100 years almost to the day at the Mash Tun festival, myself and friend Max Wastler, with a small crew of costumed bartenders wearing suspenders, hats and other period garb, worked our way through the crowd to a loading dock at the end of the atrium, hopped up above people's heads and called attention to this terrible, dark force of temperance moving across the country. For the next 10 minutes, Max became S.E. Kiser in all his poetic fury.
Photos of the performance below by Chicago photographer and bestie, Joshua Longbrake, seen above in hunter plaid.
A poem excerpt from S.E. Kiser's original speech:
You are sniveling and snarling, with a grim look on your face,
You are spurred by one ambition, in your breast joy has no place;
You have ceased to find contentment in the nooks you used to know,
You have turned away from others whom you cling to long ago,
You are scolding, you are wailing through the dark days and fair,
But, oh, foolish, blind brother, are you getting anywhere?
In your hate you have forgotten how to linger or to smile
When a child looks up and greets you or would claim your care awhile;
Through the wild rose sheds its petals in the lonely pasture still
And glad breezes sway the blossoms in the orchard on the hill,
You remain too much self-centered, too much prejudiced to care,
But, with all your agitating, are you getting anywhere?
You have turned away from pleasure, trouble haunts you in your dreams,
It is long since you have lingered by the shored of shaded streams
That go singing to the pebbles they have made so clean and white
And have polished at their leisure and their pleasure day and night;
You no longer know the solace that is in a sweet old air,
But with all your little speeches, are you getting anywhere?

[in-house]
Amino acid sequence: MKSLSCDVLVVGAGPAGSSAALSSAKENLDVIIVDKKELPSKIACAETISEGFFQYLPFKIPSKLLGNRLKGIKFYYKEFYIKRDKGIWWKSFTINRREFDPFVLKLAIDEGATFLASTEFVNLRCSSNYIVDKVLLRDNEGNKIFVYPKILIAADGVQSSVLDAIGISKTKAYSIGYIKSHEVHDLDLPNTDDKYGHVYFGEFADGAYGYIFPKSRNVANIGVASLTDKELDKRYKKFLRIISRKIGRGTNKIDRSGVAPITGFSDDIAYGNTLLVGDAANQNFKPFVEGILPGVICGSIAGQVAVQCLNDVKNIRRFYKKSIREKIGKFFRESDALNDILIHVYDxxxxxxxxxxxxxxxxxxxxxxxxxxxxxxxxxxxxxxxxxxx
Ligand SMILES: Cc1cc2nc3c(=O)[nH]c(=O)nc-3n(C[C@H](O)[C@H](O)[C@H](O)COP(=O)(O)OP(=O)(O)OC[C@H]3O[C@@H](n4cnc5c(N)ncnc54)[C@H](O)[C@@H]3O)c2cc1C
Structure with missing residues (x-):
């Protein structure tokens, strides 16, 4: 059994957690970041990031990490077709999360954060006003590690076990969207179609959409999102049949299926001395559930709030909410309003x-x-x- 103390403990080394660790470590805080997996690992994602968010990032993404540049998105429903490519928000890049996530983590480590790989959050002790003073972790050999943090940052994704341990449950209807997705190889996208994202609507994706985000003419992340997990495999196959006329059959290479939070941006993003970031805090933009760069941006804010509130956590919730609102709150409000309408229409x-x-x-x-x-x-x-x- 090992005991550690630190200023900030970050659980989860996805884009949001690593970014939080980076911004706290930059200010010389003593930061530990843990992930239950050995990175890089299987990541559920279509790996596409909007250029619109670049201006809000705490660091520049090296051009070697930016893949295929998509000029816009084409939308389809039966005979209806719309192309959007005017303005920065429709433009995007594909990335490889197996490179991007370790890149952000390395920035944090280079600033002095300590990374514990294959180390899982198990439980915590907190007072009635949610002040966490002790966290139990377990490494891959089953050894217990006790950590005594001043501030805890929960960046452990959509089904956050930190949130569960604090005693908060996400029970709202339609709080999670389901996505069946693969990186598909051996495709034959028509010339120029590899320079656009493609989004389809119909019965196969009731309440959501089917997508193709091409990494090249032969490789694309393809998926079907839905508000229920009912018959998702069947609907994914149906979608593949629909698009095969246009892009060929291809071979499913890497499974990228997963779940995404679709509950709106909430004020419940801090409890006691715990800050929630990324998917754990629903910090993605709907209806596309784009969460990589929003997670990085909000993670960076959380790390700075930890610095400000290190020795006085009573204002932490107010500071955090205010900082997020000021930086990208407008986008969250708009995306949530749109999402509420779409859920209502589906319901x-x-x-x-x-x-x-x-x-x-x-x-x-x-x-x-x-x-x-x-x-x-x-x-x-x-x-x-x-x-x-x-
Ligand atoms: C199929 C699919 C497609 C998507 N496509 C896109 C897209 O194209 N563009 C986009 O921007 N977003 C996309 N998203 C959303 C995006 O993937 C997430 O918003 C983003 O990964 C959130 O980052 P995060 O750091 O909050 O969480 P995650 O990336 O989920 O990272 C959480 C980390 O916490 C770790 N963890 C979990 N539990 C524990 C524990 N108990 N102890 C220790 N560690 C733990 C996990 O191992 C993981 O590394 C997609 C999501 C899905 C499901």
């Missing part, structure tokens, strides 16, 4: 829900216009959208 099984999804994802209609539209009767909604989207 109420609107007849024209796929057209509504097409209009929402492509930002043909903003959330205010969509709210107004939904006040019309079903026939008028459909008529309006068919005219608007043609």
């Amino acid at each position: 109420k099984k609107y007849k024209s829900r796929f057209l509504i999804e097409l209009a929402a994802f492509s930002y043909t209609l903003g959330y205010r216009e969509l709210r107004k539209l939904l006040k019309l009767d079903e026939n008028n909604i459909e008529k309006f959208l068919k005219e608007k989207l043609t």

out beyond there is darkness that no morning's light shall break,
In the distance there is silence that no song shall ever wake;
At the journey's end dishonor waits for them that day by day
Starve their should and dull their senses as they frown upon the way;
You are passing many pleasures that you have the right to share
As you go to fill the hollow men will dig for you somewhere.
Less than a decade later, S.E.'s dark fear of the temperance movement came true in the form of the prohibition act of 1920. As I continue to dig in to his personal history and times in Chicago, I hope to uncover his continued protest in a special form of civil disobedience. Certainly a man who stood so tall on behalf of an industry and lifestyle didn't shy away because of a single lost battle. Cheers to S.E, who has forged ahead of me in so many bewildering ways. As a writer and photographer of brewing and drinking culture around the world, and right here in Chicago, I'm astounded to find that my great great uncle is my spirit animal.
Special thanks to our re-enactors : Hillary, Lindsay, Justin, Marta, Nathan, and especially Max Wastler of Allplaidout.com and Buckshotsonnys.com. You all looked swell. And thanks to Ed Marszewski for continuously putting out a great beer journal, and one of Chicago's most enjoyable beer festivals. To Mash Tun, "the hair on top of our heads, and to a long life!"